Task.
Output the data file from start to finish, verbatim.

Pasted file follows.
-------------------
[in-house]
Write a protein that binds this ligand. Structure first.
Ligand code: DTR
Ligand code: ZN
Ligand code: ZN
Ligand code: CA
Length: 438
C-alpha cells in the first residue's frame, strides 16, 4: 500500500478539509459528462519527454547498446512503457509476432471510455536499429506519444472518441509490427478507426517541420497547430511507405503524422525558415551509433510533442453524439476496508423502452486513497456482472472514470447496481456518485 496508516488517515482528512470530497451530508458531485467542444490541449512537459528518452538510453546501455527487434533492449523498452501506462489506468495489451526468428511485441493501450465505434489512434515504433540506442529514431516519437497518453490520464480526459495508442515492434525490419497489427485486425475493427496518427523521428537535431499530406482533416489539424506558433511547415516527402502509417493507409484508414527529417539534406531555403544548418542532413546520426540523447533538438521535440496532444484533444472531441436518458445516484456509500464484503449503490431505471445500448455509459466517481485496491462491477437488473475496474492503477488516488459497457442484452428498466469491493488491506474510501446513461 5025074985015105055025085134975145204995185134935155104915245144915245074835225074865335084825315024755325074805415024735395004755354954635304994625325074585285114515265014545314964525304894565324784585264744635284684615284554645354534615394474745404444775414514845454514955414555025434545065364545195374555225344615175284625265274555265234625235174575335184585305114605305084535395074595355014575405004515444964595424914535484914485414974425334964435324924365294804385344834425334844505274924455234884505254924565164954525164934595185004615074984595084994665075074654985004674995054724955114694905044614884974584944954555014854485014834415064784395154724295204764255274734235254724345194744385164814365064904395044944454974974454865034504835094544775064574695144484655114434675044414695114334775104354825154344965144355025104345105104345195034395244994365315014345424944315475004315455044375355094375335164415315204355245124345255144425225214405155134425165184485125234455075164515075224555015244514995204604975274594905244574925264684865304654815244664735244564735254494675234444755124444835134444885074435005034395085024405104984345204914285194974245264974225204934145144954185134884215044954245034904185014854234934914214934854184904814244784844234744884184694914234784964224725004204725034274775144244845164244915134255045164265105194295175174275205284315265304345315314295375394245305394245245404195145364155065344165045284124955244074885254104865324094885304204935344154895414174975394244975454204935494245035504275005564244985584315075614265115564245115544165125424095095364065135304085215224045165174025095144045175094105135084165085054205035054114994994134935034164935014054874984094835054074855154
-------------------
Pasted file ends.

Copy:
[in-house]
Write a protein that binds this ligand. Structure first.
Ligand code: DTR
Ligand code: ZN
Ligand code: ZN
Ligand code: CA
Length: 438
C-alpha cells in the first residue's frame, strides 16, 4: 500500500478539509459528462519527454547498446512503457509476432471510455536499429506519444472518441509490427478507426517541420497547430511507405503524422525558415551509433510533442453524439476496508423502452486513497456482472472514470447496481456518485 496508516488517515482528512470530497451530508458531485467542444490541449512537459528518452538510453546501455527487434533492449523498452501506462489506468495489451526468428511485441493501450465505434489512434515504433540506442529514431516519437497518453490520464480526459495508442515492434525490419497489427485486425475493427496518427523521428537535431499530406482533416489539424506558433511547415516527402502509417493507409484508414527529417539534406531555403544548418542532413546520426540523447533538438521535440496532444484533444472531441436518458445516484456509500464484503449503490431505471445500448455509459466517481485496491462491477437488473475496474492503477488516488459497457442484452428498466469491493488491506474510501446513461 5025074985015105055025085134975145204995185134935155104915245144915245074835225074865335084825315024755325074805415024735395004755354954635304994625325074585285114515265014545314964525304894565324784585264744635284684615284554645354534615394474745404444775414514845454514955414555025434545065364545195374555225344615175284625265274555265234625235174575335184585305114605305084535395074595355014575405004515444964595424914535484914485414974425334964435324924365294804385344834425334844505274924455234884505254924565164954525164934595185004615074984595084994665075074654985004674995054724955114694905044614884974584944954555014854485014834415064784395154724295204764255274734235254724345194744385164814365064904395044944454974974454865034504835094544775064574695144484655114434675044414695114334775104354825154344965144355025104345105104345195034395244994365315014345424944315475004315455044375355094375335164415315204355245124345255144425225214405155134425165184485125234455075164515075224555015244514995204604975274594905244574925264684865304654815244664735244564735254494675234444755124444835134444885074435005034395085024405104984345204914285194974245264974225204934145144954185134884215044954245034904185014854234934914214934854184904814244784844234744884184694914234784964224725004204725034274775144244845164244915134255045164265105194295175174275205284315265304345315314295375394245305394245245404195145364155065344165045284124955244074885254104865324094885304204935344154895414174975394244975454204935494245035504275005564244985584315075614265115564245115544165125424095095364065135304085215224045165174025095144045175094105135084165085054205035054114994994134935034164935014054874984094835054074855154